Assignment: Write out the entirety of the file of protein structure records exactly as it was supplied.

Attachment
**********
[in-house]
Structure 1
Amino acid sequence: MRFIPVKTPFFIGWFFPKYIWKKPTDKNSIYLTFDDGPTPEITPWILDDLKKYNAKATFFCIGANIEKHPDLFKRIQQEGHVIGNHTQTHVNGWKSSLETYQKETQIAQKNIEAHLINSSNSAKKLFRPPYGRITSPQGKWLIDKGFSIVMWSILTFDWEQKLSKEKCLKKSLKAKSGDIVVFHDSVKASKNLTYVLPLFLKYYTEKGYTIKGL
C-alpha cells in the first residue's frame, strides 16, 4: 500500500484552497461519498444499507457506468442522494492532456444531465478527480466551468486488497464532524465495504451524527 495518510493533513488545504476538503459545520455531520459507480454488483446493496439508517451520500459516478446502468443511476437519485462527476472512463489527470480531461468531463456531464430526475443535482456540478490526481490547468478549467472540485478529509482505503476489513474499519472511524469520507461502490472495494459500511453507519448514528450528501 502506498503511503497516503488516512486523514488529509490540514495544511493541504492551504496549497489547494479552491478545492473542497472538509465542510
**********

[in-house]
Structure 1
Amino acid sequence: MRFIPVKTPFFIGWFFPKYIWKKPTDKNSIYLTFDDGPTPEITPWILDDLKKYNAKATFFCIGANIEKHPDLFKRIQQEGHVIGNHTQTHVNGWKSSLETYQKETQIAQKNIEAHLINSSNSAKKLFRPPYGRITSPQGKWLIDKGFSIVMWSILTFDWEQKLSKEKCLKKSLKAKSGDIVVFHDSVKASKNLTYVLPLFLKYYTEKGYTIKGL
C-alpha cells in the first residue's frame, strides 16, 4: 500500500484552497461519498444499507457506468442522494492532456444531465478527480466551468486488497464532524465495504451524527 495518510493533513488545504476538503459545520455531520459507480454488483446493496439508517451520500459516478446502468443511476437519485462527476472512463489527470480531461468531463456531464430526475443535482456540478490526481490547468478549467472540485478529509482505503476489513474499519472511524469520507461502490472495494459500511453507519448514528450528501 502506498503511503497516503488516512486523514488529509490540514495544511493541504492551504496549497489547494479552491478545492473542497472538509465542510